You may soon be able to test your risk for breast cancer from the comfort of your own home.
The FDA will allow genetic testing company 23andMe to give its customers information about their risk for breast cancer, it announced Tuesday. 23andMe's "Health + Ancestry" DNA test purports to detect genetic markers linked to several diseases, including celiac disease, Alzheimer's, and Parkinson's, in addition to other traits like eye color, hair loss, and lactose intolerance. For its breast cancer testing, it focuses on the BRCA1 and BRCA2 genes, as mutations in those genes most often lead to breast and ovarian cancer.
The FDA had previously prevented the company from releasing those results in 2013. Although 23andMe's test is not comprehensive in assessing breast cancer risk, the three mutations of BRCA1 and BRCA2 that it is calibrated to detect are commonly found in the Ashkenazi Jewish population, The Washington Post reported, meaning the test could be especially helpful for people who weren't aware they had Ashkenazi Jewish ancestors to seek preventative options.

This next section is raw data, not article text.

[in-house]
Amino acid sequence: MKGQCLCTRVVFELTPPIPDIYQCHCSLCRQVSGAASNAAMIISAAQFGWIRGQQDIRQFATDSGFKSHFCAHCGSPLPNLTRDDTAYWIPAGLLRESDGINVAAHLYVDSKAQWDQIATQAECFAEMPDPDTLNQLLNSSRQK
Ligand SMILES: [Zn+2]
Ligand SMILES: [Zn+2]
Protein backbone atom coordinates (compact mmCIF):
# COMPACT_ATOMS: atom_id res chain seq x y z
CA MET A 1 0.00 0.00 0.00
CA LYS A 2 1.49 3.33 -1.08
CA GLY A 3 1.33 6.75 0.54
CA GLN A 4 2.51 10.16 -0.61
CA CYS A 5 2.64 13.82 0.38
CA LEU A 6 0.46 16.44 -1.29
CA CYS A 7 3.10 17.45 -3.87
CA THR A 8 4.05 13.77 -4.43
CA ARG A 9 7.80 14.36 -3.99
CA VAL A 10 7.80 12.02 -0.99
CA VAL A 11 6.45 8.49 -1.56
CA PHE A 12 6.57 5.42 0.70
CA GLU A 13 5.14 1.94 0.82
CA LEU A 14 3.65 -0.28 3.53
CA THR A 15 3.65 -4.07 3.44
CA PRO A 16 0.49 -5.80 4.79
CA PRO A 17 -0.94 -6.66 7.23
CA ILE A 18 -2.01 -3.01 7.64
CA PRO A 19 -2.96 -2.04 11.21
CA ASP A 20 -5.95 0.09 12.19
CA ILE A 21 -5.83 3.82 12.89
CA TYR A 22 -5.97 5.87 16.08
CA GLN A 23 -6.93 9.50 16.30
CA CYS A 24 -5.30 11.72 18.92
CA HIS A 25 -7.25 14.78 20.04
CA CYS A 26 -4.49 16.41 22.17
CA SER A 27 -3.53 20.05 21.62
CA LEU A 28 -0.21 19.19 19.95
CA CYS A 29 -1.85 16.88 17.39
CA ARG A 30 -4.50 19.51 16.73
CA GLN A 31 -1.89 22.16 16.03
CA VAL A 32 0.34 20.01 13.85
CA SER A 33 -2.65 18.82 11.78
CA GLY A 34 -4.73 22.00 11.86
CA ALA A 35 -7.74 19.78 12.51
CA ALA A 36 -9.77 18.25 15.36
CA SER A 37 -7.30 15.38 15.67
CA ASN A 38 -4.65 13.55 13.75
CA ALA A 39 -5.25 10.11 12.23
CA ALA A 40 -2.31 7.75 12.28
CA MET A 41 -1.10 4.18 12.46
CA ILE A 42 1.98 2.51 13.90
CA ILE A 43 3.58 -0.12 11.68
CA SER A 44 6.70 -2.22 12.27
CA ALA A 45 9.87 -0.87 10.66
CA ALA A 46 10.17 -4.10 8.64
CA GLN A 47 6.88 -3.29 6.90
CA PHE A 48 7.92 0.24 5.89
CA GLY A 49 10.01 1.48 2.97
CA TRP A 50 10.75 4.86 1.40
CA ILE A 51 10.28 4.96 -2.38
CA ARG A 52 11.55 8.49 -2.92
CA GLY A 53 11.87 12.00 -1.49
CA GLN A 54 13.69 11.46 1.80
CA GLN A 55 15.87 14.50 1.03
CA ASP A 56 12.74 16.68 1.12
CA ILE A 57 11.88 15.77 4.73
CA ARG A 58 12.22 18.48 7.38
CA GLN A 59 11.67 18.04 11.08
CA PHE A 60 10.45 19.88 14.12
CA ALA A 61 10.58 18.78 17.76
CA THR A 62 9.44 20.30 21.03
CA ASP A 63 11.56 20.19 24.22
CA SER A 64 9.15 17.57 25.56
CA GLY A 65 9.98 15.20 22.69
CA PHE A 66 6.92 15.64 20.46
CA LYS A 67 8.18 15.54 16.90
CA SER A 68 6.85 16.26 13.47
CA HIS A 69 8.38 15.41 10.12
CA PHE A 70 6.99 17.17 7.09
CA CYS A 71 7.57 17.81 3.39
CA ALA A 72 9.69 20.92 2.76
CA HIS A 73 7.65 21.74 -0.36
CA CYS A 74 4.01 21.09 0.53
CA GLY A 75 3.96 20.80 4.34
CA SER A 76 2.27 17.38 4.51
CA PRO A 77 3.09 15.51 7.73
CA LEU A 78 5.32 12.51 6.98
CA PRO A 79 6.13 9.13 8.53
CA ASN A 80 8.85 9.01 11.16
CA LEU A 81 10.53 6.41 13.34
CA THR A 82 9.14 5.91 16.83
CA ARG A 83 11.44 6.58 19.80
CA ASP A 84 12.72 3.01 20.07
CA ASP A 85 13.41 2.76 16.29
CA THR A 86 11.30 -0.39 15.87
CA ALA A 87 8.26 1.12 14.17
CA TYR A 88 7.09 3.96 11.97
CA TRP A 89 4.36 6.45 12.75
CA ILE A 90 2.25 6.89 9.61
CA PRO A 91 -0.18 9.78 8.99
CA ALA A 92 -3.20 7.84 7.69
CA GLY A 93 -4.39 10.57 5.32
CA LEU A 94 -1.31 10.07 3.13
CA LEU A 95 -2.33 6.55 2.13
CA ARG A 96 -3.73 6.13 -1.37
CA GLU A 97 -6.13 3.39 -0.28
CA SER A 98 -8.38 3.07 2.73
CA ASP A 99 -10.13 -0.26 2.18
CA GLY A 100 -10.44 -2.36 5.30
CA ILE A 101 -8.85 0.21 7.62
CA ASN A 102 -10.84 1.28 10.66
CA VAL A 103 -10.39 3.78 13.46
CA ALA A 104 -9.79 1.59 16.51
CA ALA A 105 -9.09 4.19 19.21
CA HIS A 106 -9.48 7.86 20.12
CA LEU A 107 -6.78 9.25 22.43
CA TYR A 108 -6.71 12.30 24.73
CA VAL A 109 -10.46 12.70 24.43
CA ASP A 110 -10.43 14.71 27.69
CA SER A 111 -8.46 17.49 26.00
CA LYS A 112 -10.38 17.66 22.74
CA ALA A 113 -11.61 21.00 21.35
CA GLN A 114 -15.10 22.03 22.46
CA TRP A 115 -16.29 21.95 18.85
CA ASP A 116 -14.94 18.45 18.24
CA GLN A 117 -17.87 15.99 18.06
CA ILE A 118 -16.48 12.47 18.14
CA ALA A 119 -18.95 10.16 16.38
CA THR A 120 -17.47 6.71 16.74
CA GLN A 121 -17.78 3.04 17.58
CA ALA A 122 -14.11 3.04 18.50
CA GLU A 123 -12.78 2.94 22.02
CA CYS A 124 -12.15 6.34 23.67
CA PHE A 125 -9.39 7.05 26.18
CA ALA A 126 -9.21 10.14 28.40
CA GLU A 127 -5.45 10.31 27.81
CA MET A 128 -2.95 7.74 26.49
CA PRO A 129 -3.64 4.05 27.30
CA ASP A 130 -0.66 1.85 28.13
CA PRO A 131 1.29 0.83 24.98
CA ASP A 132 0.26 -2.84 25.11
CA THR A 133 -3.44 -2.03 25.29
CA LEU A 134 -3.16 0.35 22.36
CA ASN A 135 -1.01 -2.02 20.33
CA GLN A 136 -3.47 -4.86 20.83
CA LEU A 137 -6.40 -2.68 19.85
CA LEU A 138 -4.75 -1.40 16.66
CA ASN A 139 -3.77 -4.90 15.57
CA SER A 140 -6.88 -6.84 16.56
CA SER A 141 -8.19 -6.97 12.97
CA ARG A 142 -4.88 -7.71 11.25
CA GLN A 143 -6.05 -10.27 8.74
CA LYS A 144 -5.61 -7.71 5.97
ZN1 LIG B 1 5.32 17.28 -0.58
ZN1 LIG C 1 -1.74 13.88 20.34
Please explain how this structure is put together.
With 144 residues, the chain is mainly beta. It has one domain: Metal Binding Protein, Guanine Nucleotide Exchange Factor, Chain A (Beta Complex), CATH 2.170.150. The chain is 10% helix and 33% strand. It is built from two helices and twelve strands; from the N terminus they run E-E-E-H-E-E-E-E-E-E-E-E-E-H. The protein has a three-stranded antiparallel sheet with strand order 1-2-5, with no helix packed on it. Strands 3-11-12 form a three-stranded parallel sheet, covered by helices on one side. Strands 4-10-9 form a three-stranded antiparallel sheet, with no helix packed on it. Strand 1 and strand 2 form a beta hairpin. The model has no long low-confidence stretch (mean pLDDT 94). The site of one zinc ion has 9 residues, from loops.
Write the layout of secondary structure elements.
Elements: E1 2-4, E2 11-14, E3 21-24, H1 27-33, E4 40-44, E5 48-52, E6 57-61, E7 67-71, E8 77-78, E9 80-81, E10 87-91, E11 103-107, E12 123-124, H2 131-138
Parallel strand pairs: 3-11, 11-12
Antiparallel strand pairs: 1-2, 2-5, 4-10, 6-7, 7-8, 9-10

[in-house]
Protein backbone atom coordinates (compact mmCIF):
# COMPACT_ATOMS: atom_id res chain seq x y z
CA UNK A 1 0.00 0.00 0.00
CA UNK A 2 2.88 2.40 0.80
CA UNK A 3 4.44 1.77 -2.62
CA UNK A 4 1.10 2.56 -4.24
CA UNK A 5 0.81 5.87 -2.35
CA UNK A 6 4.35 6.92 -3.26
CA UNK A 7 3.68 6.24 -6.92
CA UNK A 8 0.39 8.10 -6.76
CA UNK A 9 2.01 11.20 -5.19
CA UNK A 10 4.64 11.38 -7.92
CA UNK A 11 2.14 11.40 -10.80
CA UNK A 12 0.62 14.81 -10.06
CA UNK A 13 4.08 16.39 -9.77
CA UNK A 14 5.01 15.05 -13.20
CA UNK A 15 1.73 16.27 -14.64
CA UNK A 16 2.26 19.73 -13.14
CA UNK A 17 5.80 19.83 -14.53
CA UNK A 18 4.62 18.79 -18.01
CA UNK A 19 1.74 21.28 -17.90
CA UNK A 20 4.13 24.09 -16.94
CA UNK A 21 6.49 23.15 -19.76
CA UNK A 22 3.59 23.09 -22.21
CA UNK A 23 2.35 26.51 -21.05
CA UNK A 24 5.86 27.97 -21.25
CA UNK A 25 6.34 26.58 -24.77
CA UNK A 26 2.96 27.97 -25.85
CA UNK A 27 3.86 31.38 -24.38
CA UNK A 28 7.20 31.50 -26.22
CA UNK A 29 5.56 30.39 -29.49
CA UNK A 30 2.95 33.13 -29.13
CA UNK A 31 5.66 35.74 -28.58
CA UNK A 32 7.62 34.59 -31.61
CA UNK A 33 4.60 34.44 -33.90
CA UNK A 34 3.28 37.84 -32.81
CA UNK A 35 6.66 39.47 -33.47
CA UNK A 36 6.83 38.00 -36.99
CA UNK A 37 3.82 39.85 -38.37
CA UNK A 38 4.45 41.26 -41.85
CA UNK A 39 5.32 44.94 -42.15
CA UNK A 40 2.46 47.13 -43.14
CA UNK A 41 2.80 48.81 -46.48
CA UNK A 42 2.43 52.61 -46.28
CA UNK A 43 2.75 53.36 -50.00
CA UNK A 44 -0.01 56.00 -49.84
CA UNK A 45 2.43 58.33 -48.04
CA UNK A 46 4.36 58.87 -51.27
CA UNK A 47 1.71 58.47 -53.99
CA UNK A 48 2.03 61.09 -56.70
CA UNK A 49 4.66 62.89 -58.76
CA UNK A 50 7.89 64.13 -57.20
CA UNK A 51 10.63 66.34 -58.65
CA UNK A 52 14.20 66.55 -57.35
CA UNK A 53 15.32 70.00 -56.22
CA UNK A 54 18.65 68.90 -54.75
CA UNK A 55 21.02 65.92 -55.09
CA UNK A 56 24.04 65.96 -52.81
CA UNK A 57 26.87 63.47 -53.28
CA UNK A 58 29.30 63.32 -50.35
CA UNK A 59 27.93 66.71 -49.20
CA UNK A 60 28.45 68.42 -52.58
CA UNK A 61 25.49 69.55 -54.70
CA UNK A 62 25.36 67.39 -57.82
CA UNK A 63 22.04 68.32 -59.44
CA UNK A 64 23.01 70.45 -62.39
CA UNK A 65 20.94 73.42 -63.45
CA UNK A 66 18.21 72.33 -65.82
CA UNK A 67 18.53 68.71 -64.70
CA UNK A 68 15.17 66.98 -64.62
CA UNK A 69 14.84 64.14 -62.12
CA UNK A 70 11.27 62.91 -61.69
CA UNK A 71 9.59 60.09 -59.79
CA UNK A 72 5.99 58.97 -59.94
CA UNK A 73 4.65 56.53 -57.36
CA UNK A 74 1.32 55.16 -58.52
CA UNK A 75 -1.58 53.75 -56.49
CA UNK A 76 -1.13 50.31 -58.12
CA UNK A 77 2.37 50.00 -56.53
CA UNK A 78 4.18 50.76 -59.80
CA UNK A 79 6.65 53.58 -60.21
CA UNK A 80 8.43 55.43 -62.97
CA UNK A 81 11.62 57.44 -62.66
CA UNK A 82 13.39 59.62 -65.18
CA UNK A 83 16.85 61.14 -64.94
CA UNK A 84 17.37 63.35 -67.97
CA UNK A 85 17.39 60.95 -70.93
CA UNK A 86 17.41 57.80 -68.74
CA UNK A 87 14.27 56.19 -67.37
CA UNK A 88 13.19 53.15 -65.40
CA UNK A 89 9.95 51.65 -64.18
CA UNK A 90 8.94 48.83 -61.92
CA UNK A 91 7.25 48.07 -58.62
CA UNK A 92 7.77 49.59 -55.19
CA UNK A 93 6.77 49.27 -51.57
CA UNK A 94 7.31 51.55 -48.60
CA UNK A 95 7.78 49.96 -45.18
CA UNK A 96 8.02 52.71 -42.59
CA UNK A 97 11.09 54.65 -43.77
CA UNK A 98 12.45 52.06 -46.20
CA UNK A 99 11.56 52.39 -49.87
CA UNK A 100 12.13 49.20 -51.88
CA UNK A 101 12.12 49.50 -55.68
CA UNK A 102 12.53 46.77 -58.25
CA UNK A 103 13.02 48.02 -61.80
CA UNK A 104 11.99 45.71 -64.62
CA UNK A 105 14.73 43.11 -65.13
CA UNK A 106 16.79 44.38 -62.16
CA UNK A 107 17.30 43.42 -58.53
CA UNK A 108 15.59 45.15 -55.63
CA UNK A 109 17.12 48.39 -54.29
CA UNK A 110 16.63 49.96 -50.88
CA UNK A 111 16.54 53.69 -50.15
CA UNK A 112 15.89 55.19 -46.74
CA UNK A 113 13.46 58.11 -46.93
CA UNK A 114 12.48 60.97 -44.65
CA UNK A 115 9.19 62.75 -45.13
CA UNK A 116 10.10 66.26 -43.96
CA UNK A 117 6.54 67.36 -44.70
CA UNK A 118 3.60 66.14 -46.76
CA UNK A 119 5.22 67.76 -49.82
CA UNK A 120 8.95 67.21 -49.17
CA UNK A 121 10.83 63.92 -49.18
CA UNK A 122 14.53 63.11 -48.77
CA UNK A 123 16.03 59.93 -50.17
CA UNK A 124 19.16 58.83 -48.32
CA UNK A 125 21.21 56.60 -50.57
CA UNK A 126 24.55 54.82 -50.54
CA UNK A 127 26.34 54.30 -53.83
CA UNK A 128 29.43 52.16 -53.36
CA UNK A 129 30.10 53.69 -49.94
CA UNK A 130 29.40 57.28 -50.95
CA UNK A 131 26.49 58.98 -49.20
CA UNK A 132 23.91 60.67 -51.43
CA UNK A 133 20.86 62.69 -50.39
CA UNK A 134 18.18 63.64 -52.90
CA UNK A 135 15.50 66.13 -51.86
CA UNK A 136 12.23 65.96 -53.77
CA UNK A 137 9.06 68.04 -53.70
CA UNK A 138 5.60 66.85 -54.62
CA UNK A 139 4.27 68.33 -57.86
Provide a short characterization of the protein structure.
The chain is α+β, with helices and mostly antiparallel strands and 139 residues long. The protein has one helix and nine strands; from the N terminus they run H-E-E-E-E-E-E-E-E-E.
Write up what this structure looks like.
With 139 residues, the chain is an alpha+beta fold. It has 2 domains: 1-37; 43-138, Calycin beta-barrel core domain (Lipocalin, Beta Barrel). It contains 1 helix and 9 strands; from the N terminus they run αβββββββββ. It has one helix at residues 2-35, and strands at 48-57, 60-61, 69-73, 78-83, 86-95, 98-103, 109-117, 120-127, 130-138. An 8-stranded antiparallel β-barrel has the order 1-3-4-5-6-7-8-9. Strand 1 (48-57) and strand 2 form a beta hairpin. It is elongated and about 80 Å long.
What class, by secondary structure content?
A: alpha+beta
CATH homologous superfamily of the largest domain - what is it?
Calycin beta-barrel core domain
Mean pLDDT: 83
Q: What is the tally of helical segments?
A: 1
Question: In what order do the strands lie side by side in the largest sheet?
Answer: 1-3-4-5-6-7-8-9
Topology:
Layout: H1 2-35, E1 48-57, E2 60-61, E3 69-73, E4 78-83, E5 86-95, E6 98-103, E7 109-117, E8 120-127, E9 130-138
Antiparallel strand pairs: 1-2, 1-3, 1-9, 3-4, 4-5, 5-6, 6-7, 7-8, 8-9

However, because 23andMe's test will not detect the most common mutations in the BRCA1 and BRCA2 gene, the exam's potential is limited. As such, the FDA warned in its statement that doctors and their patients should base any medical decisions on more than just a genetic test — especially given that breast cancer isn't always genetic, STAT reported.
Still, Anne Wojcicki, the co-founder of 23andMe, is "thrilled" with the FDA's decision, she told the Post. The move means that patients will soon be able to conduct the test, without a doctor's prescription, at their own convenience. The FDA's decision could additionally pave the way for future tests to become available to consumers without a doctor's orders. Read more at The Washington Post.